Spotlight on the Important Roles of the Honeybee Queen

The queen honeybee is revered as the one member of the beehive who keeps everything together, and in essence, she does. The queen is the monarch and is solely responsible for laying eggs. The queen's life has one purpose, and her fulfillment of that role profoundly impacts the workings of the beehive. One of the five identifiers of all living things is offspring, so species sustain through generations, and the queen bee is responsible for this critical function.

The Honest Truth About Queen Bees

During a peak season, a queen bee may lay more than 2000 eggs a day. In addition to staying ahead of the game with eggs, the queen is also responsible for secreting recognized pheromones that maintain harmony in the beehive. The queens’ reliable pheromone releases keep worker bees on task and brood rearing in full swing. The queens’ roles are so impactful that a beehives survival hangs in the balance.

The Select and Chosen Queen Bee

Only one queen will ascend to the royal status of queen bee of her beehive. The worker bees in the brood rearing process select the bees to be groomed as monarchs. Although the selection is small of those fed royal jelly and groomed for a royal role, only one becomes the hive's queen. The royal jelly is produced through secretion from the worker bees and is one of the components that identify the queen instead of the egg becoming a worker bee. The royal transformation from larvae to queen is fascinating.

The Only Flight for a Queen Bee is the Mating Flight

At the beginning of the new queen bee’s reign, she will take a mating flight after emerging from the cell and killing any of her competition for the role. It sounds brutal, and it is. Only one virgin queen will emerge, and in her maiden voyage, she mates with many drones during flight and then immediately returns to the hive to begin her life of egg-laying. The life of a queen is incredibly straightforward. It is rare that a queen would leave her hive after this initial flight, which marks the beginning of her purposeful and vital roles.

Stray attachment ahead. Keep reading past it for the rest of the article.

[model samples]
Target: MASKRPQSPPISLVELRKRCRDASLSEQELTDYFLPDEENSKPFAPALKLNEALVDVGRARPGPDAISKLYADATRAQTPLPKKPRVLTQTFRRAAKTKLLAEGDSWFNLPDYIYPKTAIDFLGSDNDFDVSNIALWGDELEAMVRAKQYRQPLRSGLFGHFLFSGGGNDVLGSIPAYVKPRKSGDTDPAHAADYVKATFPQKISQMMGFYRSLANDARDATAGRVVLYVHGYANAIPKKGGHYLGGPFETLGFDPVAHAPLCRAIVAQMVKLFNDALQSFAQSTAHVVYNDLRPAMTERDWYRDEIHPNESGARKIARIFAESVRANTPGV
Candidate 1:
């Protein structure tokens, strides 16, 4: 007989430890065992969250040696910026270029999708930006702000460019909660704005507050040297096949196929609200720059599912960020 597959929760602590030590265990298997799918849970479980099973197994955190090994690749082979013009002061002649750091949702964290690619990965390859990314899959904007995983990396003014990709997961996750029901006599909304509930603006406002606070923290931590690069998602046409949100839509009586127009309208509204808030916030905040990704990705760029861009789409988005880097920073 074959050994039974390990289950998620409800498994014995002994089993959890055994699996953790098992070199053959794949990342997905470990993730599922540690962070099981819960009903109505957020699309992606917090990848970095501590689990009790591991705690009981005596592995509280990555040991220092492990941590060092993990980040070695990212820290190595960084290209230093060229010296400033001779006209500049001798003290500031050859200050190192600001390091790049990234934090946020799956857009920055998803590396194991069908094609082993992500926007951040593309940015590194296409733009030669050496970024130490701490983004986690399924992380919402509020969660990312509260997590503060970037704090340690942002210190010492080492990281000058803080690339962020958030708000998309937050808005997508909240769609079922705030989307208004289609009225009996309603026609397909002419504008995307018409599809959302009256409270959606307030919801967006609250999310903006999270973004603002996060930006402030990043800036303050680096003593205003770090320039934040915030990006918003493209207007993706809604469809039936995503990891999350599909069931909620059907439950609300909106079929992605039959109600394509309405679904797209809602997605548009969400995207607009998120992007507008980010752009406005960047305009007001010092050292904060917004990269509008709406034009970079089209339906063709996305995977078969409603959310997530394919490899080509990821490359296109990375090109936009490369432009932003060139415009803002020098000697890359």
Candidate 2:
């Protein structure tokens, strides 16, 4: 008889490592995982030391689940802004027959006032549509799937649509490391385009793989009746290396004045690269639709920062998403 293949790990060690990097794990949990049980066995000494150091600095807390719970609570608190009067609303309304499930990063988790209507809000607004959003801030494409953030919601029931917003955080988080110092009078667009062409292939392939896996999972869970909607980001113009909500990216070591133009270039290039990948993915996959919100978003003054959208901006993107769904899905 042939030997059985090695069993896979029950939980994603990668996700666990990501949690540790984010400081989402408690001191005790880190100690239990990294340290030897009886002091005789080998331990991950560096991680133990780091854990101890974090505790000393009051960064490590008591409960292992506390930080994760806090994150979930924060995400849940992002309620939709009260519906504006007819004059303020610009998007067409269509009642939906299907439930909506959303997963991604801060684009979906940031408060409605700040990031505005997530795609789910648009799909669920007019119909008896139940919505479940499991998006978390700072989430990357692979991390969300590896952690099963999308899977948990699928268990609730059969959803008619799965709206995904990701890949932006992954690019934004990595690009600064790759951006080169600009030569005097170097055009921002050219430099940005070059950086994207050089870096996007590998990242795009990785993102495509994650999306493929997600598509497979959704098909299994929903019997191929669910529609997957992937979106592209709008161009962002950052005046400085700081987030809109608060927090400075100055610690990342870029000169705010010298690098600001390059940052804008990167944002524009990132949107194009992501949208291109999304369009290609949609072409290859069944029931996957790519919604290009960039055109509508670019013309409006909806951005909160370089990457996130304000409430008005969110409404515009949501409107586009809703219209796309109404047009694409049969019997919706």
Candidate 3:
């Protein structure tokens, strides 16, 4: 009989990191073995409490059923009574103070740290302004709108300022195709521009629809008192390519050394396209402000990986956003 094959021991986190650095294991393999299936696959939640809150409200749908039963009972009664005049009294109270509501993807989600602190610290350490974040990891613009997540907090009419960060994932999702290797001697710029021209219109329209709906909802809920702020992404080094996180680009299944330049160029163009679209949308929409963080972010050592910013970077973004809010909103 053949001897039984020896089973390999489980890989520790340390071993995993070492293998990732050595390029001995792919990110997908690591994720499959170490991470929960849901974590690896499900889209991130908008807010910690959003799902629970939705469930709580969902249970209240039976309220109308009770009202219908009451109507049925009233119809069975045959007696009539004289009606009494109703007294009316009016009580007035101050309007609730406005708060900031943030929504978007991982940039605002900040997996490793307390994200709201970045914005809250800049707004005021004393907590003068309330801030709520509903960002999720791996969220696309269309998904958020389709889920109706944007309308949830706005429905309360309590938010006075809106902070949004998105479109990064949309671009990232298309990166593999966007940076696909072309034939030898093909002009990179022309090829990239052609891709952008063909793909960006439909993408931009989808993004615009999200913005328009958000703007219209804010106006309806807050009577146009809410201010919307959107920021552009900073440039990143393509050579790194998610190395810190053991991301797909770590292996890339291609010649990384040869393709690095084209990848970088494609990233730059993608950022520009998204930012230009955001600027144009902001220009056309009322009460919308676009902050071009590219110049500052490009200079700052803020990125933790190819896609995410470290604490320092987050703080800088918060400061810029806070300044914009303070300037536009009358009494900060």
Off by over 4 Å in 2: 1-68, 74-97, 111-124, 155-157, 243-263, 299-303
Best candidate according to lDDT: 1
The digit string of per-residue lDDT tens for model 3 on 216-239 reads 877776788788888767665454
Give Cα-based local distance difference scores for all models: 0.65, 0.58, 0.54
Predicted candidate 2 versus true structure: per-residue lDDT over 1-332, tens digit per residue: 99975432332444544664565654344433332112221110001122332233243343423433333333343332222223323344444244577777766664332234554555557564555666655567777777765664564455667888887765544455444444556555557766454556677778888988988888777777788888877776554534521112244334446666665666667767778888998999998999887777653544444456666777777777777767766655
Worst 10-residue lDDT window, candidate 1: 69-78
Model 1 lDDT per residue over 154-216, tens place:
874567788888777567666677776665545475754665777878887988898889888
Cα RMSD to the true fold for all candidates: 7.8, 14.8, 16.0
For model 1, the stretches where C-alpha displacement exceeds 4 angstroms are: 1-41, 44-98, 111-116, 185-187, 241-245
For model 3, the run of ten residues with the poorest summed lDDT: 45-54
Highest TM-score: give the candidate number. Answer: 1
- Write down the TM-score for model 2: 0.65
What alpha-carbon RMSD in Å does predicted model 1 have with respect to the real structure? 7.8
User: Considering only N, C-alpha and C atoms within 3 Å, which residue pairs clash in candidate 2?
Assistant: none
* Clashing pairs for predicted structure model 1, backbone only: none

The Clash of the Queens: Supersedure

Supersedure is the replacement of an old queen or one that no longer emits strong enough pheromones to keep the beehive in order. The queen's pheromones will weaken over time, as will her ability to lay enough eggs. When this begins to occur, the other bees don't miss a beat, stay ahead of the game, and start the process to determine a new queen without hesitation. Another clash of queen bees is when two new queens emerge from their cells at the same time. In these instances, queens will fight to the death with only one remaining.

The Rearing Steps for Queen Bees

When worker bees no longer recognize the strong pheromone scent of their queen, they instantly initiate the first stage of rearing a new queen. There are several steps that worker bees take once this occurs:

  • Initial Larvae Selection
    • The worker bees choose new larvae to feed the royal jelly and rear a new queen. Multiple are selected simply to ensure that at least one strong queen takes her spot on the throne. The battle for the spot may endure if more than one royal bee emerges. In many instances, the queen bee who emerges first will kill the other potentials by stinging the bees while still inside their cells.
  • Only the Finest Food
    • Royal Jelly – this nutrient-rich secretion from the nurse bees is only fed to the larvae selected, and they are fed the royal jelly in sizeable amounts.
  • Queens Need Space
    • Workers build larger sized cells for the queen bees to develop in.
  • Metamorphosis
    • In the pupa stage, the larvae spin a cocoon in the cell and metamorphose into pupae inside.
  • All Hail the Queen
    • It takes approximately 16 days for a new queen (or queens to fight it out) to emerge ready for her maiden flight.
live queen bee with worker bees
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Although the queen bee’s life is uncomplicated, it is critical, and, honestly, it keeps beehives functioning. A healthy queen bee is, truthfully, the most crucial element of beekeeping. Beekeepers do everything they can to ensure their hives have a strong queen.

If you are interested in learning more about queen bees, beehives, beekeeping, or getting some spoils of local honey, contact D-Tek. D-Tek bee technicians and beekeepers are insightful and want to have a positive impact on the health and survival of bee species worldwide. If you have any bee concerns or questions this summer, you can rely on the professional experience and dedication of D-Tek.

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